“Even in smaller communities, if you’re looking for opportunities, there are jobs available,” Elliott said, adding health care providers Mercy and Citizens Memorial Healthcare frequently are hiring in Dallas County.
She noted mentorships, internships and apprenticeships are tools Dallas County leaders need to utilize to better connect students with the business community.
Apprenticeships recently got a boost in the state. State of the Workforce keynote speaker Zora Mulligan, Missouri’s Higher Education commissioner, pointed to a $6 million grant from the U.S. Department of Labor. According to a news release, the Missouri Chamber Foundation was awarded the funds to expand technology industry apprenticeships, totaling nearly 5,300 over the next four years.
Aside from data of hiring new employees, Leathers said responses from employers expanding operations throughout the region in the next two years was another notable takeaway.
More than 60% of respondents said it was very likely or somewhat likely expansion would take place in the next 24 months.
“Seeing the investment in training and cultivating the talent so that they can keep their talent here and have a more productive workforce, that’s really critical,” he said, noting training was one of the top strategies employers cited in the survey to retain employees.
Although Leathers noted an economic slowdown could be in the offing in 2020, he doesn’t see it happening in southwest Missouri.
“This region has continually been one of the strongest economic regions in the state, and this data tells me that’s not changing,” he said. “That momentum is going to continue to grow.”
The $3 million neighborhood hub unites community resources under one roof.
Lynne Meyerkord, executive director of the AIDS Project of the Ozarks says the pandemic has forced them to make a lot of changes. She says their federal grant money is currently secure, but she’s …
Nicole Chilton, director of marketing and development with the Springfield Regional Arts Council, says a great arts community helps draw talent to an area. She says the arts bring in $29.8 million to …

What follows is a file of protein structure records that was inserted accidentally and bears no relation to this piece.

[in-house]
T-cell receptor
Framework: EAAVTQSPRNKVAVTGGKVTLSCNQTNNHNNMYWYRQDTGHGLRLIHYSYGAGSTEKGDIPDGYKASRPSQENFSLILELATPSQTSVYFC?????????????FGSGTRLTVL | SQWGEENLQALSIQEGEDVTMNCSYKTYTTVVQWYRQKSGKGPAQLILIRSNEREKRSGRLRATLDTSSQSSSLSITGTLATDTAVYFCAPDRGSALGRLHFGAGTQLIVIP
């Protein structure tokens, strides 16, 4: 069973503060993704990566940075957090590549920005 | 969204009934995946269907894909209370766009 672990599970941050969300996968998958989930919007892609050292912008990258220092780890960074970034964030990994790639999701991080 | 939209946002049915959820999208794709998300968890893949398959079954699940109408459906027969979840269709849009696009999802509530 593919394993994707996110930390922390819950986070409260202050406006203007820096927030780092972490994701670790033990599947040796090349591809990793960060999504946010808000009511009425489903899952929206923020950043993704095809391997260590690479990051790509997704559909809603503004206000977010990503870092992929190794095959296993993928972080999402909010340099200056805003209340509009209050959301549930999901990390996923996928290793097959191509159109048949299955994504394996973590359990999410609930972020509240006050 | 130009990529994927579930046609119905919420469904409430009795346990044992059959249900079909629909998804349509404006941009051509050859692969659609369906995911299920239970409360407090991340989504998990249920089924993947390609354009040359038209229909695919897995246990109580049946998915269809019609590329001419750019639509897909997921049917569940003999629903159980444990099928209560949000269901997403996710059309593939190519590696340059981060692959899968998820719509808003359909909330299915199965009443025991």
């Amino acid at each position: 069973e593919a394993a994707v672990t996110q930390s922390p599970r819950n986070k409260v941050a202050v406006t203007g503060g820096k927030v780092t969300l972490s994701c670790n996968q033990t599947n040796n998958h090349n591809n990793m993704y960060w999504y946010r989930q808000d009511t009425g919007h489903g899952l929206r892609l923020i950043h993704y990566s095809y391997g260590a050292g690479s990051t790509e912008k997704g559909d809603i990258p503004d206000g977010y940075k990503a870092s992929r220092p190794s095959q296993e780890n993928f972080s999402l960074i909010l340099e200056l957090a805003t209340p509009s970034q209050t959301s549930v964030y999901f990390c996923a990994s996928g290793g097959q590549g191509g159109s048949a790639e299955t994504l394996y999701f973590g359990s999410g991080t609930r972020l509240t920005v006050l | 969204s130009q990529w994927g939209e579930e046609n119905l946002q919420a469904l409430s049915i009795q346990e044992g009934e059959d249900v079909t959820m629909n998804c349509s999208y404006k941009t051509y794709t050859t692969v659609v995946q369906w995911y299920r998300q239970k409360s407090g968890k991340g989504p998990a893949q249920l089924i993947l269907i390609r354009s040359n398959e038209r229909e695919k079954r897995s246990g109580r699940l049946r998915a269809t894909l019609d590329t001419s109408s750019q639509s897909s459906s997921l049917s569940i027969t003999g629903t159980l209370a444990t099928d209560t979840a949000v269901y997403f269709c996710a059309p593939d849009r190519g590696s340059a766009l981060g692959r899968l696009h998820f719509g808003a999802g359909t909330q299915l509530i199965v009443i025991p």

Eddie Gumucio, organizer and founder of the Queen City Shout Music festival says his wife’s experience with poverty relief agencies helped expand the number of nonprofits they could help. He says …
Author and Consultant Rosie Ward, Ph. D., says the “firms of endearment” are breaking the mold by nurturing culture and investing in employee training and well-being. Focusing on purpose over profit shows …
Abe McGull, assistant U.S. Attorney, says one of the most useful skills he learned in the military was planning. McGull says having a plan for any contingency allows you to be proactive rather than …
Gary Gibson, general manager of City Utilities, says the themes of individualism and doing right for the right reason from Ayn Rand’s The Fountainhead have stayed with him over the years. Gibson …
Jason, John and Jeremy Chapman, owners of The Acoustic Shoppe, decided to look for opportunities when the pandemic forced them to temporarily close shop. They chose to focus on online sales and …
Toni Robinson, president of Springfield NAACP says they learned early in their career to practice listening and humility. Robinson says these abilities are critical to being a good leader. Robinson …
Toby Teeter, president of the Joplin Area Chamber of Commerce, says the biggest challenges are memories of the 2011 tornado. He says rebranding has helped Joplin attract and retain talent and …
Elizabeth Hurst, business development manager with HR Advantage, says insurance has become nearly as important as pay to job candidates. Hurst says they’ve seen candidates turn down jobs that …